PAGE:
Apparent combined P450C17 and P450C21 deficiency (see 613571) is a rare variant of congenital adrenal hyperplasia, first reported by Peterson et al. (1985). Affected girls are born with ambiguous genitalia, indicating intrauterine androgen excess. After birth, however, virilization does not progress and amounts of circulating androgens are low or normal. Affected boys are sometimes born undermasculinized. Boys and girls can also present with bone malformations. Findings of biochemical investigations of urinary steroid excretion in affected patients have shown accumulation of steroid metabolites, indicating impaired C17 and C21 hydroxylation, suggesting concurrent partial deficiencies of the 2 steroidogenic enzymes, P450C17 and P450C21. However, sequencing of the genes encoding these enzymes showed no mutations, which accorded with the idea of a defect in a cofactor that interacts with both enzymes.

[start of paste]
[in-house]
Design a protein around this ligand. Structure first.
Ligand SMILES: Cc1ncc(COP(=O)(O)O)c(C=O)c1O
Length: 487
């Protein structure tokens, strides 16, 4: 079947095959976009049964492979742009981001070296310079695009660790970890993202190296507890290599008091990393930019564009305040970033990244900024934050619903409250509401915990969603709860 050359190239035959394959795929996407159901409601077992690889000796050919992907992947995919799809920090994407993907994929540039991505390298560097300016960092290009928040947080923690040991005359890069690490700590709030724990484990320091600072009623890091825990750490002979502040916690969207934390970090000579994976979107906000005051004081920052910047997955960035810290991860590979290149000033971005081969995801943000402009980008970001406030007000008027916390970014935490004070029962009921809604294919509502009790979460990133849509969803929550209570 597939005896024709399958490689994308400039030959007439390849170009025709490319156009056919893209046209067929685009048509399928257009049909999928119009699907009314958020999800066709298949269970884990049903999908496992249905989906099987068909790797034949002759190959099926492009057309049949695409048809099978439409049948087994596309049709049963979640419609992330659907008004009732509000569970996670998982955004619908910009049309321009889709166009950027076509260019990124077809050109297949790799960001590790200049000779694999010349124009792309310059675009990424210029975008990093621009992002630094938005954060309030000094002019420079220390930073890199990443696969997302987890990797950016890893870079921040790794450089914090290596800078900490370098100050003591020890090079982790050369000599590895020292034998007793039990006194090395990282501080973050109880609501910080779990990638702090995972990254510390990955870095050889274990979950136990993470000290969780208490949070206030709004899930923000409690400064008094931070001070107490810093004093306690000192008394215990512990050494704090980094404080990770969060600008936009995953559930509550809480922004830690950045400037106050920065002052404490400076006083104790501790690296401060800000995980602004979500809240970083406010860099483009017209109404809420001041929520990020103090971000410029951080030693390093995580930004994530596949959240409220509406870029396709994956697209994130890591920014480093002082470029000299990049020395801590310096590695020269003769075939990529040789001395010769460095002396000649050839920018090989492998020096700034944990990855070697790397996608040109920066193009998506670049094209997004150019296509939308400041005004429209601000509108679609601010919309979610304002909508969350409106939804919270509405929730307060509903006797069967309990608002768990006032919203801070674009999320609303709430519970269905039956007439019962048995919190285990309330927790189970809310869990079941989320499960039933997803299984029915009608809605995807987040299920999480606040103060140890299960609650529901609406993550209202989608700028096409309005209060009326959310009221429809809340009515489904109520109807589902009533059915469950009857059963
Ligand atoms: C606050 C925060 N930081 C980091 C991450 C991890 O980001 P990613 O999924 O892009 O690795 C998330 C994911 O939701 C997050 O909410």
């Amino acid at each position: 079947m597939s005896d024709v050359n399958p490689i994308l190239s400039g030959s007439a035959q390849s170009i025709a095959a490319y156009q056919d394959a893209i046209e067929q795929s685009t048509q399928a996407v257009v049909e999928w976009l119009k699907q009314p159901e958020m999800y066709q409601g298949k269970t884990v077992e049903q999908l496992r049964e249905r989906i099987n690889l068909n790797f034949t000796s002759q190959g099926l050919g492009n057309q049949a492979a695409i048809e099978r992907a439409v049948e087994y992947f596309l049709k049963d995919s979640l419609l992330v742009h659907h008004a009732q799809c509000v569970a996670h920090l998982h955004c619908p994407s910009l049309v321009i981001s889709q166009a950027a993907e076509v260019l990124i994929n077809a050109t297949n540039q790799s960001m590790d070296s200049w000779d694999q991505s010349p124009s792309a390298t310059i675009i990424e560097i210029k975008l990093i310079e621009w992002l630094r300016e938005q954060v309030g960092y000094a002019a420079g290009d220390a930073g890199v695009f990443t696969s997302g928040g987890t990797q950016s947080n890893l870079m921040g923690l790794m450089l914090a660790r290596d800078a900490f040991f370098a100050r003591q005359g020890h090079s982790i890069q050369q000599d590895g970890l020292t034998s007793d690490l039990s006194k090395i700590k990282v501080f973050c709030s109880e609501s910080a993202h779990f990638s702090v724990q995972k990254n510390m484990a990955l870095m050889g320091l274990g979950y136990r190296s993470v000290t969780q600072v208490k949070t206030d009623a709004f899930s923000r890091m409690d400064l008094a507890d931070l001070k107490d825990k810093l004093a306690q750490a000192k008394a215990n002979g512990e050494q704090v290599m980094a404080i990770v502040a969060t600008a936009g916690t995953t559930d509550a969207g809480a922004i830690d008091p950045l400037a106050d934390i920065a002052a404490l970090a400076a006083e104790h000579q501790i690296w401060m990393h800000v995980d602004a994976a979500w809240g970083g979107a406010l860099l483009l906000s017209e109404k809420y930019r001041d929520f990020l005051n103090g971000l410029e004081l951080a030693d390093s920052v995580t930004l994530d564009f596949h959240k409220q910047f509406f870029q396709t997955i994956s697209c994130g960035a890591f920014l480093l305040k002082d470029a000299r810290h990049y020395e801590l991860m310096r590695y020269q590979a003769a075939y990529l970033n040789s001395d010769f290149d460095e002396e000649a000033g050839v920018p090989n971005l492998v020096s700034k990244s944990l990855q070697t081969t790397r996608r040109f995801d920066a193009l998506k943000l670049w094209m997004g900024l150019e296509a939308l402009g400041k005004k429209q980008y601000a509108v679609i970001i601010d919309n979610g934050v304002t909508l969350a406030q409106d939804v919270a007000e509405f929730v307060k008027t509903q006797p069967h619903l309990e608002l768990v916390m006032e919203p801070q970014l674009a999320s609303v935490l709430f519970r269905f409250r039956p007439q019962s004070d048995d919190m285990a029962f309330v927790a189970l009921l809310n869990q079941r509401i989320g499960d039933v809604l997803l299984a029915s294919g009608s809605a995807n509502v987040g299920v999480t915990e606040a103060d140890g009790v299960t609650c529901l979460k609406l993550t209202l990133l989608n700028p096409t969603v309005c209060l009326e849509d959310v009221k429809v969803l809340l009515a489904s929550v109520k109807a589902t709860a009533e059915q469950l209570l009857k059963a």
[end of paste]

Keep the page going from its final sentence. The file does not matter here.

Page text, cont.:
In a multi-center 6-week study, Fux et al (2005) examined the impact of CYP2D6 polymorphism on the tolerability of metoprolol in a primary care setting. The adverse effects studied comprised effects related to the central nervous system, cardiovascular effects, and sexual dysfunction. The dosage of metoprolol was determined on an individual basis and could be adjusted on clinical grounds. The indication for treatment was hypertension in about 90 % of cases. CYP2D6 genotyping covered alleles *3 to *10 and *41 and the duplications. Possible ADRs of metoprolol were systematically assessed over the study period using standardized rating scales and questionnaires. The final study population comprised 121 evaluable patients: 5 ultrarapid metabolizers (UMs) ( %), 91 extensive metabolizers (EMs) (75 %), 21 intermediate metabolizers (IMs) (17 %), and 4 poor metabolizers (PMs) ( %). Plasma metoprolol concentrations normalized for the daily dose and metoprolol/alpha-hydroxymetoprolol ratios at steady state were markedly influenced by CYP2D6 genotype and displayed a gene-dose effect. The median of the dose-normalized metoprolol concentration was ng/ml, ng/ml, ng/ml, and ng/ml among UMs, EMs, IMs, and PMs, respectively (p < ). There was no significant association between CYP2D6 genotype-derived phenotype (EMs and UMs combined versus PMs and IMs combined) and ADRs during treatment with metoprolol. There was a tendency toward a more frequent occurrence of cold extremities in the PM plus IM group as compared with the EM plus UM group ( % versus %, p = ; relative risk, [95 % confidence interval [CI]: to ]). These investigators concluded that CYP2D6 genotype-derived phenotype was not significantly associated with a propensity for ADRs to develop during treatment with metoprolol. However, the results concerning tolerability of metoprolol in PMs were inconclusive because of the small number of PMs enrolled.